8 
 Thumb up
 tip
 Hide
  • [+] Dice rolls
Doug Adams
Australia
Oakleigh
Victoria
flag msg tools
badge
Polynesia
Avatar
mbmbmbmbmb
cptFlint wrote:
Nonetheless, I have but one advice on "The Lord of the Rings": don't buy it.


Too late, I bought it 18 years ago and still love it. I strongly disagree with your review, but appreciate that it's not a game for everyone.

Love your work on Black Sales, btw.

6 
 Thumb up
 tip
 Hide
  • [+] Dice rolls
C Sandifer
United States
Lutherville
Maryland
flag msg tools
badge
Avatar
mbmbmbmbmb
urbanus wrote:
I believe that in later editions of the game all resource cards are handed out in the two-player game so they made it easier (difficulty can still be adjusted through Sauron's starting position).


Huh - interesting. I've always played with the 1st edition rules, where only 8 of the 12 resource cards are handed out in the 2p game. Thanks for the info.
1 
 Thumb up
 tip
 Hide
  • [+] Dice rolls
Bill Cook
United States
Massachusetts
flag msg tools
"Math"

#obnoxiousamerican
3 
 Thumb up
 tip
 Hide
  • [+] Dice rolls
Jens Hoppe
Denmark
Frederiksberg
flag msg tools
What are you, like 80?
badge
It's not the years, honey, it's the mileage.
Avatar
mbmbmbmbmb
dougadamsau wrote:
cptFlint wrote:
Nonetheless, I have but one advice on "The Lord of the Rings": don't buy it.


Too late, I bought it 18 years ago and still love it. I strongly disagree with your review, but appreciate that it's not a game for everyone.

I have "only" had my copy for 15 years, but it still has a place on my shelves. The game is exciting, difficult, beautiful, and very, very thematic. In other words, it's great!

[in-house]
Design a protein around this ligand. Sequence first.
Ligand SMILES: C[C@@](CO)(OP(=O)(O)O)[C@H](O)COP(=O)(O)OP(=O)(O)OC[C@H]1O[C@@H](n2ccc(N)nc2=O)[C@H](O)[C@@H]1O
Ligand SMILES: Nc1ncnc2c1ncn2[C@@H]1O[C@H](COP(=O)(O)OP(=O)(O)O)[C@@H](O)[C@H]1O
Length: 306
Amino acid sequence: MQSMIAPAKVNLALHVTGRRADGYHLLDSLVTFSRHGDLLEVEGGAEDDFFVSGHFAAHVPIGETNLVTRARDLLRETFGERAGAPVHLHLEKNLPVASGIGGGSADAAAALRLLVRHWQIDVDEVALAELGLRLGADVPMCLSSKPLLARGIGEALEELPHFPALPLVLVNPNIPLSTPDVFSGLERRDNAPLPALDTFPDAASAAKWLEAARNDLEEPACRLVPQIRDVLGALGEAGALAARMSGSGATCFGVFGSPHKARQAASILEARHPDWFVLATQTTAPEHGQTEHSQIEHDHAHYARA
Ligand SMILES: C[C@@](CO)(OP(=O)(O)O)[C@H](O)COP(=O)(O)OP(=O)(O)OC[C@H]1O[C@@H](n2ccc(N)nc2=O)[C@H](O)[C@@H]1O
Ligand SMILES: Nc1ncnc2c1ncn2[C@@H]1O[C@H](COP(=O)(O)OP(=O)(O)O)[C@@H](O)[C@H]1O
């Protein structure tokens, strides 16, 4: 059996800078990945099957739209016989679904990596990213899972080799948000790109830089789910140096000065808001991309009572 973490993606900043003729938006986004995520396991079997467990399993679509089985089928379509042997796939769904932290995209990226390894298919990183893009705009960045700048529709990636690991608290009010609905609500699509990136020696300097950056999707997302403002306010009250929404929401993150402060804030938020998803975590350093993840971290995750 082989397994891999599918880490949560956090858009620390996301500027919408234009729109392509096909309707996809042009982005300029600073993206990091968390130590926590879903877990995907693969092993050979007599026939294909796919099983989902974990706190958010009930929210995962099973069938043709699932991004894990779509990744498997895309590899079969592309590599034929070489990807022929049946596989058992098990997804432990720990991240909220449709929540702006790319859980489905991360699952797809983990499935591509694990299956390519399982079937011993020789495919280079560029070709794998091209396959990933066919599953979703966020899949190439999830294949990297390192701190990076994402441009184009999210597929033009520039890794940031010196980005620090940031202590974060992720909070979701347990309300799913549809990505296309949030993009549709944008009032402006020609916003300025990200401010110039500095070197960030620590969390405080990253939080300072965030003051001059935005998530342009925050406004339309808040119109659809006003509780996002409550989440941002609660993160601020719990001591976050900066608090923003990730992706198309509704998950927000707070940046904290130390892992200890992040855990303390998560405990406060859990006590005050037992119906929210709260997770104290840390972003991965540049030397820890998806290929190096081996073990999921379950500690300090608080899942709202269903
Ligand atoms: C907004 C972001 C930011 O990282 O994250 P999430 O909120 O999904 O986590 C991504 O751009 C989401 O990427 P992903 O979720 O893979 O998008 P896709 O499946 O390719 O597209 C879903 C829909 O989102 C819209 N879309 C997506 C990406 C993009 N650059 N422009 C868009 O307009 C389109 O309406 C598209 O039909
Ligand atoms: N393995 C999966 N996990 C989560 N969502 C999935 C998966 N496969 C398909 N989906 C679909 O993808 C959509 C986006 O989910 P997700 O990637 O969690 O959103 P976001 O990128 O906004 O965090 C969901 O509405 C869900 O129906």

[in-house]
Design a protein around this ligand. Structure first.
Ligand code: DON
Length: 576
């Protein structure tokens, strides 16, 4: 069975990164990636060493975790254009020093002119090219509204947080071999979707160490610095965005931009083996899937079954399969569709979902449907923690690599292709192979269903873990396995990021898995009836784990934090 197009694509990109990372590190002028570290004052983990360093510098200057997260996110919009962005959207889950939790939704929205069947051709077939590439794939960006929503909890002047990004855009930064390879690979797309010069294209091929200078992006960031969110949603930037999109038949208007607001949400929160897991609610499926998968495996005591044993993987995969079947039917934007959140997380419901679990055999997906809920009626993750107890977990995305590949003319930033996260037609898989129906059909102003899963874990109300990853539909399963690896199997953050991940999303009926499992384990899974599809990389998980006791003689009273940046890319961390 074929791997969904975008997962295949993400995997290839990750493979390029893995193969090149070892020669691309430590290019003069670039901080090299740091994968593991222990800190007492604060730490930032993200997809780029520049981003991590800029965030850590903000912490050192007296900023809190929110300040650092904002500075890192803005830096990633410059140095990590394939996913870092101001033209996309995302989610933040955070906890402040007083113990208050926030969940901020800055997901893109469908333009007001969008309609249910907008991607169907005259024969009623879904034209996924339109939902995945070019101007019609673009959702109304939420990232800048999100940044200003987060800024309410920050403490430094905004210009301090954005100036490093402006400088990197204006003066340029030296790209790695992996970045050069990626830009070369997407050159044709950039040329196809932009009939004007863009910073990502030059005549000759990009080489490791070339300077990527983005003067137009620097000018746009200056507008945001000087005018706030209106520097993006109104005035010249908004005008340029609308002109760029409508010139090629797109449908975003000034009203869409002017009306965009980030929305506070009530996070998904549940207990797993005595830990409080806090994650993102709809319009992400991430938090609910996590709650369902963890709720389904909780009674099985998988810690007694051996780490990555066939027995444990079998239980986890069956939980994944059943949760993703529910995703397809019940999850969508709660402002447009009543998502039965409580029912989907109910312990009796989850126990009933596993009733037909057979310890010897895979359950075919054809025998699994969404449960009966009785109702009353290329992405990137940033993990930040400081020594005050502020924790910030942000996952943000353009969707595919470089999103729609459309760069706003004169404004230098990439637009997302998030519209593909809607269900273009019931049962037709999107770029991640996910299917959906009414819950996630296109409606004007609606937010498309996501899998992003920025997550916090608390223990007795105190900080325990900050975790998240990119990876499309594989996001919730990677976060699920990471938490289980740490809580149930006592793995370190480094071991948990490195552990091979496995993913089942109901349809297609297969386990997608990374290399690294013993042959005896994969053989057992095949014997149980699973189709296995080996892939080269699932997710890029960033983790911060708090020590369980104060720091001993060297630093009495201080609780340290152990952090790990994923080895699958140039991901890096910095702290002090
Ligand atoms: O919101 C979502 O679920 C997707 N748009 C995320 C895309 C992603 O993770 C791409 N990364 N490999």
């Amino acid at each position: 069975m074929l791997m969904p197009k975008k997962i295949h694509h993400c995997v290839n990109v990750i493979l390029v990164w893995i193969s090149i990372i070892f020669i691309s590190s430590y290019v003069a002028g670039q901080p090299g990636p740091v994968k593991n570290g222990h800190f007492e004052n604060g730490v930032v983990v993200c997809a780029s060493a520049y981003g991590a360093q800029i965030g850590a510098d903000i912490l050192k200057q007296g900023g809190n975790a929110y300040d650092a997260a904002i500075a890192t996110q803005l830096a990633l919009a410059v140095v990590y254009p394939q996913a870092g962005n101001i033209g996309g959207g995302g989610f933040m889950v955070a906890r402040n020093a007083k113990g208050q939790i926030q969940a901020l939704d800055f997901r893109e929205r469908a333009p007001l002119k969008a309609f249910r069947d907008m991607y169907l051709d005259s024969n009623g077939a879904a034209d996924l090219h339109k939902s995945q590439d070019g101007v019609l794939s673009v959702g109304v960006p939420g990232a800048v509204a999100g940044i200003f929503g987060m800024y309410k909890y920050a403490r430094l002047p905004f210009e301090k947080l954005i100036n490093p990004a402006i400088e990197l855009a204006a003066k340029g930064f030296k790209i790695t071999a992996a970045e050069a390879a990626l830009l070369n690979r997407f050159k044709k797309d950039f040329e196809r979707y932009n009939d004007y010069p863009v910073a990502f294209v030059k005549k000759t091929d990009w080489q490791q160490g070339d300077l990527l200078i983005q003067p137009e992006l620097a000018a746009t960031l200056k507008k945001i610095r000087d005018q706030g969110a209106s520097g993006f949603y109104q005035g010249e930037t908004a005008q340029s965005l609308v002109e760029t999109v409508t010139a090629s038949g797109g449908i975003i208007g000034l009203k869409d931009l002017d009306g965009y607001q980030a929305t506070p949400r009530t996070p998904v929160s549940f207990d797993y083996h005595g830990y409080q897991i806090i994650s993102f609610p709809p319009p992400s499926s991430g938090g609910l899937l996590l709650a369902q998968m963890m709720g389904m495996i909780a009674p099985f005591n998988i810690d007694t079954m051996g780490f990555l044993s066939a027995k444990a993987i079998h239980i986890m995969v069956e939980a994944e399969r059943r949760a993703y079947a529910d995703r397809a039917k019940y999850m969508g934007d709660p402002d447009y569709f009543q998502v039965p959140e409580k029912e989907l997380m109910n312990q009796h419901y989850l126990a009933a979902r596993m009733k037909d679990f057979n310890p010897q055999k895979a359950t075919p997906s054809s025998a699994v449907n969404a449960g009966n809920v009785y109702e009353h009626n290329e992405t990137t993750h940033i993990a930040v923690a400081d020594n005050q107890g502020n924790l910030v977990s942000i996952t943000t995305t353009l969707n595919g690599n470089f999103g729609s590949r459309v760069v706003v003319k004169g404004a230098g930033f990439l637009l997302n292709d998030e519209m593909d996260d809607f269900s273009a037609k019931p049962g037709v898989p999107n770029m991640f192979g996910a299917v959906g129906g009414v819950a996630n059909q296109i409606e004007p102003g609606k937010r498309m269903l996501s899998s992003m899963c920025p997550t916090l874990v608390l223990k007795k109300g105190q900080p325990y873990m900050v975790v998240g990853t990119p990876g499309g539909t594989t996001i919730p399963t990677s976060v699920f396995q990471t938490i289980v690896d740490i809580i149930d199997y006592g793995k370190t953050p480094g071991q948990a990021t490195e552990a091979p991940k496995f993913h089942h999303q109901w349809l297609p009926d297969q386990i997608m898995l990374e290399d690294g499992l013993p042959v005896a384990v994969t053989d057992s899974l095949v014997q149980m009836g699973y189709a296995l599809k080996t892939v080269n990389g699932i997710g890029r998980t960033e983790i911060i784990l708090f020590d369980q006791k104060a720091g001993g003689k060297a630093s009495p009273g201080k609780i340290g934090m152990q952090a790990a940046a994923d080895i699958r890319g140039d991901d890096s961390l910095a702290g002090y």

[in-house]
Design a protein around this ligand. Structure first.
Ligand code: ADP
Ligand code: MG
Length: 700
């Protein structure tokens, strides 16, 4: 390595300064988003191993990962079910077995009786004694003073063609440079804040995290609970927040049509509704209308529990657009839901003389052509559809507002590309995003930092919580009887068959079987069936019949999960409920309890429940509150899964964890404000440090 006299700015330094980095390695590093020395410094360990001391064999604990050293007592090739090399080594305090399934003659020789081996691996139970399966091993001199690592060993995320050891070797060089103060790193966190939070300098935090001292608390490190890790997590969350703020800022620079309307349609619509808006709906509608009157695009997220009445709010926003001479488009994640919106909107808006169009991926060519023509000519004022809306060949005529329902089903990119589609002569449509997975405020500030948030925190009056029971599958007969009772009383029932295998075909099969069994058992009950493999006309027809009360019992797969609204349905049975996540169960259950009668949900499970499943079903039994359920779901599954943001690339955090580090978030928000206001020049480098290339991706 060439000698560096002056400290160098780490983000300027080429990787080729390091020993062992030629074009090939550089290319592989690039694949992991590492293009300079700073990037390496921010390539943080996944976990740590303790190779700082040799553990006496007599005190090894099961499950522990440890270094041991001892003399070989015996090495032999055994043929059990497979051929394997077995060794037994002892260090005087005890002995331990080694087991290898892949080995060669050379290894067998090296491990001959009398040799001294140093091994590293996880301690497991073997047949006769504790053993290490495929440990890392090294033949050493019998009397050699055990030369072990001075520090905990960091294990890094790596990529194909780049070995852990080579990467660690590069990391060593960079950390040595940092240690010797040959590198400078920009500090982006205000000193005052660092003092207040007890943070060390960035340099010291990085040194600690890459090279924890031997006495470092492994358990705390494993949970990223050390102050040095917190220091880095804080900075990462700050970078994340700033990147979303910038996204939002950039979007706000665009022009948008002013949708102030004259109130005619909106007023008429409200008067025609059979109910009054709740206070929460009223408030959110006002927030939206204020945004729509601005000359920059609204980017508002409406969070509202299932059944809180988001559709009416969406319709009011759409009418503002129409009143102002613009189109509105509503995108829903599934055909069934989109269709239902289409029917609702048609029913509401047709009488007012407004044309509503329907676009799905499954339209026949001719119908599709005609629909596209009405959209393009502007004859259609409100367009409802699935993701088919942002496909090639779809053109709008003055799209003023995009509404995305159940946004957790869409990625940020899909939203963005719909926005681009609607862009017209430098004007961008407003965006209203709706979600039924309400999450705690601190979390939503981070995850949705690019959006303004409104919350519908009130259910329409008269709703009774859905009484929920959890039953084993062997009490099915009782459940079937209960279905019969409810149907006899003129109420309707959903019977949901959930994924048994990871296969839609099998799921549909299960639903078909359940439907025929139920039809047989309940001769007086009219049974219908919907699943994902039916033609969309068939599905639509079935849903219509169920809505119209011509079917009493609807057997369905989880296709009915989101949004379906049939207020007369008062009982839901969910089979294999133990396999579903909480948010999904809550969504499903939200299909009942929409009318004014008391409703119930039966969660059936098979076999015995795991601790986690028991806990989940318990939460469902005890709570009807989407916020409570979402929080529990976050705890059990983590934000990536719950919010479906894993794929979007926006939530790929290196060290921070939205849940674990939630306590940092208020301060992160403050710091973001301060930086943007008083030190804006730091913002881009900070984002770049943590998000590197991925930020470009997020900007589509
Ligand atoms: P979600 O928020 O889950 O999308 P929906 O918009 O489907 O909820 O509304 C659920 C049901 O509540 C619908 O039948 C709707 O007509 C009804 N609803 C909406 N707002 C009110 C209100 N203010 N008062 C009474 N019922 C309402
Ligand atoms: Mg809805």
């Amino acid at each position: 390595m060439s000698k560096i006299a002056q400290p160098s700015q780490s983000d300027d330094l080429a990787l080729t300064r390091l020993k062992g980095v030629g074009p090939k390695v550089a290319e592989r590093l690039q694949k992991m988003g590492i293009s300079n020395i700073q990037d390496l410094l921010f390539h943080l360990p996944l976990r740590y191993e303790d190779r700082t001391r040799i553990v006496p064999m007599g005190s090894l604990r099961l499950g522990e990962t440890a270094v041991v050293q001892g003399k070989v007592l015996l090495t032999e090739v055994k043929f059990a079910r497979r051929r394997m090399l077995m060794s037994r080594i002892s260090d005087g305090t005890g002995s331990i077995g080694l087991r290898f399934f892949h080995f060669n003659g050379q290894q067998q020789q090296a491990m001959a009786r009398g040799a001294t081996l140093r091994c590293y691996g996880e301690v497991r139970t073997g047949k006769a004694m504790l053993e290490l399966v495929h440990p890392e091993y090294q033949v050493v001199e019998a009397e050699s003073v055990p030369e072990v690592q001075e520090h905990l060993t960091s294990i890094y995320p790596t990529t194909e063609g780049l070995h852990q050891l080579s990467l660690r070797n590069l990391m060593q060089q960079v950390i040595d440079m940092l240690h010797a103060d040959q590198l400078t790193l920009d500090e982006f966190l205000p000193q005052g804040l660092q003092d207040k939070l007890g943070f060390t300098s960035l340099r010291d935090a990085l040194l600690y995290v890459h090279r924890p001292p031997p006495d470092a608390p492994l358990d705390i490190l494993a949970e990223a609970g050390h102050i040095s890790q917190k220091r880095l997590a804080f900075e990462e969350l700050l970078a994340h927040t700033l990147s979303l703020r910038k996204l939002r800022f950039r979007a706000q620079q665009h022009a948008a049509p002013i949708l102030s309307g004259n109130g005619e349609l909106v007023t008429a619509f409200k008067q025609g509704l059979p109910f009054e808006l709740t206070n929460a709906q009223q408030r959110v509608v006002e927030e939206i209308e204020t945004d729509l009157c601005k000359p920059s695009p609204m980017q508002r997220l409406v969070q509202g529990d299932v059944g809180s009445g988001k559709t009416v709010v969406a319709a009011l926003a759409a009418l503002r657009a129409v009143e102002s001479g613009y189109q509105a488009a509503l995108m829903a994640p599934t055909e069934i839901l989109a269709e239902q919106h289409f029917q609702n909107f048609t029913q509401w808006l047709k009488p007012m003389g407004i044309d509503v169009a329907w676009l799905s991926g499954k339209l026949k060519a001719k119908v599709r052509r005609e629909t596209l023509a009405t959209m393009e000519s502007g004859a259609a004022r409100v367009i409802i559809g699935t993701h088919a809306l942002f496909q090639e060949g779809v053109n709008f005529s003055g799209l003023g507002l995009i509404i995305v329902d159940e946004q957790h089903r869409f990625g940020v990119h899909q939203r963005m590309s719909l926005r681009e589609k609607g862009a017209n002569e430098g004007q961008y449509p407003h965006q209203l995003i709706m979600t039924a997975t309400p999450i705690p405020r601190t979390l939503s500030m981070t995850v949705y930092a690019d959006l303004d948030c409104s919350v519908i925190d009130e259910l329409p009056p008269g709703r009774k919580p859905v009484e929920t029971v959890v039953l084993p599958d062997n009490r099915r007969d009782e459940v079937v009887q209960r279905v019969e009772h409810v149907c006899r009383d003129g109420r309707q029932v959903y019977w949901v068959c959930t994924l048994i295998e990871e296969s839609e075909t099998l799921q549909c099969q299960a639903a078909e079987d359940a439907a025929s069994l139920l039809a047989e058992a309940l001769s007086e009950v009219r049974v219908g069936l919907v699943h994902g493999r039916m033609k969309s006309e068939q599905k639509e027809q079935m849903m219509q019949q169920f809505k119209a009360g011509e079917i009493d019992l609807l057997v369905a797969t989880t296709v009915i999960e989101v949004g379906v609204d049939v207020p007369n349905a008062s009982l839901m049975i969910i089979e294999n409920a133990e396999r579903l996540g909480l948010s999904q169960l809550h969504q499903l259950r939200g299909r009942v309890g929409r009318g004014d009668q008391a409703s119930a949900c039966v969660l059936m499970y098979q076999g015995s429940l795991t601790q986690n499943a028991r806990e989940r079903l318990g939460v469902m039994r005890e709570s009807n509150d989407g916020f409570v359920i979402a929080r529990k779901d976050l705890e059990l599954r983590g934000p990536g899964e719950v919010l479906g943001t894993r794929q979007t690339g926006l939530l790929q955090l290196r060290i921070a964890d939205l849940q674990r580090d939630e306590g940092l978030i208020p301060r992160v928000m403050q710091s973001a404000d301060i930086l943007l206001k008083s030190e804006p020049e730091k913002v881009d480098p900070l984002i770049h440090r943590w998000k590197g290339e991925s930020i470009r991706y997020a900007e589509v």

8 
 Thumb up
 tip
 Hide
  • [+] Dice rolls
Pedro Silva
Portugal
Matosinhos
flag msg tools
designer
badge
Avatar
mbmbmbmbmb
cptFlint wrote:
Nonetheless, I have but one advice on "The Lord of the Rings": don't buy it.


If you are considering buying this game I have two pieces of advice:

1 - Ignore this "review".

2 - If possible, play the game before buying. (This one is valid for any game).
6 
 Thumb up
0.05
 tip
 Hide
  • [+] Dice rolls
♫ Eric Herman ♫
United States
West Richland
Washington
flag msg tools
designer
badge
I like elephants. I like how they swing through trees.
Avatar
mbmbmbmbmb
Quote:
1)First of all, the gameplay is utterly unthematic. It basically feels like throwing dice and spending tokens, and if weren't for the illustrations, you might as well have been playing monopoly. Most themed things are just names on card that give you tokens or work in a similar way. This has been said for most Knizia games, but I wanted to remark that it is true also in this case.


Games often conflate setting for theme, and that's what you're doing here. What are the "themes" of LOTR? Are they pictures of elves and the hobbits and Mount Doom, or are they courage, cooperation, corruption, risk, sacrifice, etc.? If the latter, then this game captures those themes VERY well. When I am on that last board (if I've made it that far), making an extremely difficult effort to scrape my way towards the end where I can dunk the ring, and reflecting on all that has happened prior; the sacrifices, the losses, the gains, the corruption I had to take, the choices I had to make, the enemies faced or evaded along the journey, and the importance of the task at hand, I feel like it is LOTR in every meaningful sense.

This game abstracts specifics to try to capture everything broadly, but it does it in an elegant way that still gives you that macro LOTR experience in a micro (1-2 hour) way. The corruption track is just Sauron moving one way and your hobbits moving the other, but it is so brilliant and simple and gives you what you really need from that; the doomed feeling as you get closer and wonder if you can resist hitting the point that is too far. The ring mechanism is also brilliantly thematic. And Gandalf, a powerful but limited resource to call upon.

Ah, there is so much that is great about this game. Thank you for reminding me to play it again soon!
17 
 Thumb up
 tip
 Hide
  • [+] Dice rolls
Front Page | Welcome | Contact | Privacy Policy | Terms of Service | Advertise | Support BGG | Feeds RSS
Geekdo, BoardGameGeek, the Geekdo logo, and the BoardGameGeek logo are trademarks of BoardGameGeek, LLC.